Human brain-inspired computer memory design set to increase energy efficiency and performance

University of Cambridge researcher's innovative 'resistive switching memory' has the potential to reshape the landscape of computing.
Abdul-Rahman Oladimeji Bello


Our increasing energy demands have become a pressing concern in a world driven by data. Predictions suggest that internet and communications technologies could consume nearly a third of global electricity within the next decade.

However, researchers at the University of Cambridge have recently made a discovery that could revolutionize computer memory, addressing energy efficiency and performance.

Their innovative design, inspired by the human brain's synapses, has the potential to reshape the landscape of computing.

Dr. Markus Hellenbrand, the first author of the study conducted at Cambridge's Department of Materials Science and Metallurgy, explained the limitations of current computer memory technologies.

He pointed out the energy and time wasted in shuttling data back and forth between separate memory and processing units. This traditional setup has fueled the explosive growth in energy demands, hindering our efforts to reduce carbon emissions

To overcome this challenge, the researchers turned to a promising new technology called resistive switching memory. Unlike conventional memory devices, which can only represent two states (one or zero), resistive switching memory devices have the potential to represent a continuous range of states. Imagine the possibilities: computer memory with greater density, higher performance, and significantly lower energy consumption.

Dr. Hellenbrand further elaborated, using a typical USB stick as an example. He explained that a resistive switching memory-based USB stick could hold between ten and 100 times more information than current technology. The potential benefits are immense, given our data-hungry society and the exponential growth of artificial intelligence, algorithms, and internet usage.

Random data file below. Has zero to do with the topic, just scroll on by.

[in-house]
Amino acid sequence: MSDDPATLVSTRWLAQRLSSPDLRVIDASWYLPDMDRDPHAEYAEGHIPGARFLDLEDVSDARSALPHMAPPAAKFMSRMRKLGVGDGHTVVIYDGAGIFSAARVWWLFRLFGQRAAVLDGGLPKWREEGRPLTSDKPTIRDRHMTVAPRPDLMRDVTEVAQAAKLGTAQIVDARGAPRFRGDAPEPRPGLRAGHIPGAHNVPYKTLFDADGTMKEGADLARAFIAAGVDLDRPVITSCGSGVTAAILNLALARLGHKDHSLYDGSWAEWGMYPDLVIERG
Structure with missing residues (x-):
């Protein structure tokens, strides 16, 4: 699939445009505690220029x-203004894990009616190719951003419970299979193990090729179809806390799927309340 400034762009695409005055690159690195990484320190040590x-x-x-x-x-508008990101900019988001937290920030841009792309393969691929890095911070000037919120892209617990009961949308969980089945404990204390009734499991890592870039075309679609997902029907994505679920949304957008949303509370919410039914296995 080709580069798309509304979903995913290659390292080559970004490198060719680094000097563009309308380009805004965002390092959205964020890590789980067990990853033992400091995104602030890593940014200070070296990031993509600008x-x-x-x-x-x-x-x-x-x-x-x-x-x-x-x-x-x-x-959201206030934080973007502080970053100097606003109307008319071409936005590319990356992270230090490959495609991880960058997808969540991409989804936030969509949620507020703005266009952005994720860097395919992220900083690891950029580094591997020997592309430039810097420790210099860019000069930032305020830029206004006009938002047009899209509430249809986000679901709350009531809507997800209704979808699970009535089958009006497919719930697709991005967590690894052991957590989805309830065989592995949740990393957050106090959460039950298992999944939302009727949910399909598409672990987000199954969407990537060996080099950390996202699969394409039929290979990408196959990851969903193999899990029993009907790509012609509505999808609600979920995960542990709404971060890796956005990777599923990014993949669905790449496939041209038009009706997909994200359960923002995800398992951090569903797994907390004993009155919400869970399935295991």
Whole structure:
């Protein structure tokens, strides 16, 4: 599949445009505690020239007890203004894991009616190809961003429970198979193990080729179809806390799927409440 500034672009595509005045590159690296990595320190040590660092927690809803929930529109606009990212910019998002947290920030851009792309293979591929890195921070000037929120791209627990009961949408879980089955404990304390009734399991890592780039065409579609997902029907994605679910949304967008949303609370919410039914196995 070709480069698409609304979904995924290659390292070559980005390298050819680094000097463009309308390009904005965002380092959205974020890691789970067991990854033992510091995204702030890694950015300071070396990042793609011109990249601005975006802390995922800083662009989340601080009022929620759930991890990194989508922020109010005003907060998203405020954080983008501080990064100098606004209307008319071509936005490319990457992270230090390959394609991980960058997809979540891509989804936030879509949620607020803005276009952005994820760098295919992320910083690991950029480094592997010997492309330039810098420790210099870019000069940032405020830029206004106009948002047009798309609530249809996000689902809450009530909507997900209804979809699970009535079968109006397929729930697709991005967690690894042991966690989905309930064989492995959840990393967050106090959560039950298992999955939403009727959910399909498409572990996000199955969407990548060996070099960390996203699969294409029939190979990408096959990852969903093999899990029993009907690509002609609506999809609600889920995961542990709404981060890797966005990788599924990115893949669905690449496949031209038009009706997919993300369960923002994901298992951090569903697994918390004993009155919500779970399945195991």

The researchers focused on hafnium oxide, an insulating material commonly used in the semiconductor industry. However, there was one significant obstacle to overcome: hafnium oxide lacks structure at the atomic level, making it unsuitable for memory applications. But the team found an ingenious solution by introducing barium into thin films of hafnium oxide, resulting in the formation of unique structures within the composite material.

These novel structures, known as vertical barium-rich "bridges," allowed electrons to pass through while the surrounding hafnium oxide remained unstructured. At the points where these bridges met the device contacts, an adjustable energy barrier was created. This barrier influenced the electrical resistance of the composite material and enabled multiple states to exist within it.

Breakthrough of Hafnium oxide

Human brain-inspired computer memory design set to increase energy efficiency and performance
Engineer with super computer

One remarkable aspect of this breakthrough is that the hafnium oxide composites are self-assembled at low temperatures, unlike other composite materials that require expensive high-temperature manufacturing methods.

Not only did the composite material exhibit exceptional performance and uniformity, but it also demonstrated the potential to emulate the functioning of synapses in the human brain.

Dr. Hellenbrand expressed his excitement, stating that these materials could store and process information in the same place, just like our brains do. This feature makes them incredibly promising for the rapidly growing fields of artificial intelligence and machine learning.

The research team has filed a patent on this technology through Cambridge Enterprise, the university's commercialization arm. They are now collaborating with industry partners to conduct larger feasibility studies and gain a deeper understanding of how these high-performance structures form. Since hafnium oxide is already used in the semiconductor industry, integrating it into existing manufacturing processes should not pose significant challenges.

The implications of this research are far-reaching, offering a glimmer of hope in our quest for more energy-efficient and high-performance computing. This breakthrough could help curb the ever-increasing energy demands of our data-driven world by addressing the shortcomings of current computer memory technologies.

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